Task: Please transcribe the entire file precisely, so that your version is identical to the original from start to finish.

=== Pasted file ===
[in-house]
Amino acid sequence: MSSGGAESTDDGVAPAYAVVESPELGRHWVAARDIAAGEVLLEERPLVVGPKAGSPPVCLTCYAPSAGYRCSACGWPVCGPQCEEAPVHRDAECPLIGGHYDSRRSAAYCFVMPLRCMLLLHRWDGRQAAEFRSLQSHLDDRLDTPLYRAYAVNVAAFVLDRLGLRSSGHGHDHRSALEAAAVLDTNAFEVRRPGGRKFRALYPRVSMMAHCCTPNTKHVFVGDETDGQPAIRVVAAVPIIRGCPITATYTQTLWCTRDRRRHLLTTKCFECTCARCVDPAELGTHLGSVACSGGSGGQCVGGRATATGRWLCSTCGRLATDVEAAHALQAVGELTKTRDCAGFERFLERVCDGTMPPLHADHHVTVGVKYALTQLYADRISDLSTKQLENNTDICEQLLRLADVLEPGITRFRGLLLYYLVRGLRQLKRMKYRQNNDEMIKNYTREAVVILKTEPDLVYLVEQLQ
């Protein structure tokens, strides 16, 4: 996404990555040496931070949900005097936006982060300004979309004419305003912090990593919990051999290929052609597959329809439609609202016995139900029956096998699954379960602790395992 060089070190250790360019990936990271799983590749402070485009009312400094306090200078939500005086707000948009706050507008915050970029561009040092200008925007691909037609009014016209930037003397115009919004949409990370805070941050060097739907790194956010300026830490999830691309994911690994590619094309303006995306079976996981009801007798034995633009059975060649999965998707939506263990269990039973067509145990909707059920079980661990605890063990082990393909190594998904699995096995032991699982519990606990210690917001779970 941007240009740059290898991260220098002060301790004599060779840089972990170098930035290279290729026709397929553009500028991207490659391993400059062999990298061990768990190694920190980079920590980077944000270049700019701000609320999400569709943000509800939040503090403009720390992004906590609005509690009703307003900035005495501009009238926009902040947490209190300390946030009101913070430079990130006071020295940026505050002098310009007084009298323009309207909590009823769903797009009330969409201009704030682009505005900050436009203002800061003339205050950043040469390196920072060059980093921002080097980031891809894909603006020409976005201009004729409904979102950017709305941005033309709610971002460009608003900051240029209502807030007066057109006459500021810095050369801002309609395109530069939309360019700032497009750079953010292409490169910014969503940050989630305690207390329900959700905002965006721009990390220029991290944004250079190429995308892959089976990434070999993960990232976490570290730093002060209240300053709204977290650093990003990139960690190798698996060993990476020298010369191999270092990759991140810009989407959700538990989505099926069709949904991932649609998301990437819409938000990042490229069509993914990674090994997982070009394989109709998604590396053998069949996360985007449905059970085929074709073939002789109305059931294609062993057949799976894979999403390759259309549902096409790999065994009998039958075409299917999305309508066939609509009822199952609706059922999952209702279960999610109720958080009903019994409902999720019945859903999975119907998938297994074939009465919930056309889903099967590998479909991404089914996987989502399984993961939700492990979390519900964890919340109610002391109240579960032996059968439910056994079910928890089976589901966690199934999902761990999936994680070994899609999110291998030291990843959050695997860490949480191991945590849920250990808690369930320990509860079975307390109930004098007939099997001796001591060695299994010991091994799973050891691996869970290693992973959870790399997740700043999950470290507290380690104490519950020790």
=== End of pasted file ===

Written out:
[in-house]
Amino acid sequence: MSSGGAESTDDGVAPAYAVVESPELGRHWVAARDIAAGEVLLEERPLVVGPKAGSPPVCLTCYAPSAGYRCSACGWPVCGPQCEEAPVHRDAECPLIGGHYDSRRSAAYCFVMPLRCMLLLHRWDGRQAAEFRSLQSHLDDRLDTPLYRAYAVNVAAFVLDRLGLRSSGHGHDHRSALEAAAVLDTNAFEVRRPGGRKFRALYPRVSMMAHCCTPNTKHVFVGDETDGQPAIRVVAAVPIIRGCPITATYTQTLWCTRDRRRHLLTTKCFECTCARCVDPAELGTHLGSVACSGGSGGQCVGGRATATGRWLCSTCGRLATDVEAAHALQAVGELTKTRDCAGFERFLERVCDGTMPPLHADHHVTVGVKYALTQLYADRISDLSTKQLENNTDICEQLLRLADVLEPGITRFRGLLLYYLVRGLRQLKRMKYRQNNDEMIKNYTREAVVILKTEPDLVYLVEQLQ
């Protein structure tokens, strides 16, 4: 996404990555040496931070949900005097936006982060300004979309004419305003912090990593919990051999290929052609597959329809439609609202016995139900029956096998699954379960602790395992 060089070190250790360019990936990271799983590749402070485009009312400094306090200078939500005086707000948009706050507008915050970029561009040092200008925007691909037609009014016209930037003397115009919004949409990370805070941050060097739907790194956010300026830490999830691309994911690994590619094309303006995306079976996981009801007798034995633009059975060649999965998707939506263990269990039973067509145990909707059920079980661990605890063990082990393909190594998904699995096995032991699982519990606990210690917001779970 941007240009740059290898991260220098002060301790004599060779840089972990170098930035290279290729026709397929553009500028991207490659391993400059062999990298061990768990190694920190980079920590980077944000270049700019701000609320999400569709943000509800939040503090403009720390992004906590609005509690009703307003900035005495501009009238926009902040947490209190300390946030009101913070430079990130006071020295940026505050002098310009007084009298323009309207909590009823769903797009009330969409201009704030682009505005900050436009203002800061003339205050950043040469390196920072060059980093921002080097980031891809894909603006020409976005201009004729409904979102950017709305941005033309709610971002460009608003900051240029209502807030007066057109006459500021810095050369801002309609395109530069939309360019700032497009750079953010292409490169910014969503940050989630305690207390329900959700905002965006721009990390220029991290944004250079190429995308892959089976990434070999993960990232976490570290730093002060209240300053709204977290650093990003990139960690190798698996060993990476020298010369191999270092990759991140810009989407959700538990989505099926069709949904991932649609998301990437819409938000990042490229069509993914990674090994997982070009394989109709998604590396053998069949996360985007449905059970085929074709073939002789109305059931294609062993057949799976894979999403390759259309549902096409790999065994009998039958075409299917999305309508066939609509009822199952609706059922999952209702279960999610109720958080009903019994409902999720019945859903999975119907998938297994074939009465919930056309889903099967590998479909991404089914996987989502399984993961939700492990979390519900964890919340109610002391109240579960032996059968439910056994079910928890089976589901966690199934999902761990999936994680070994899609999110291998030291990843959050695997860490949480191991945590849920250990808690369930320990509860079975307390109930004098007939099997001796001591060695299994010991091994799973050891691996869970290693992973959870790399997740700043999950470290507290380690104490519950020790």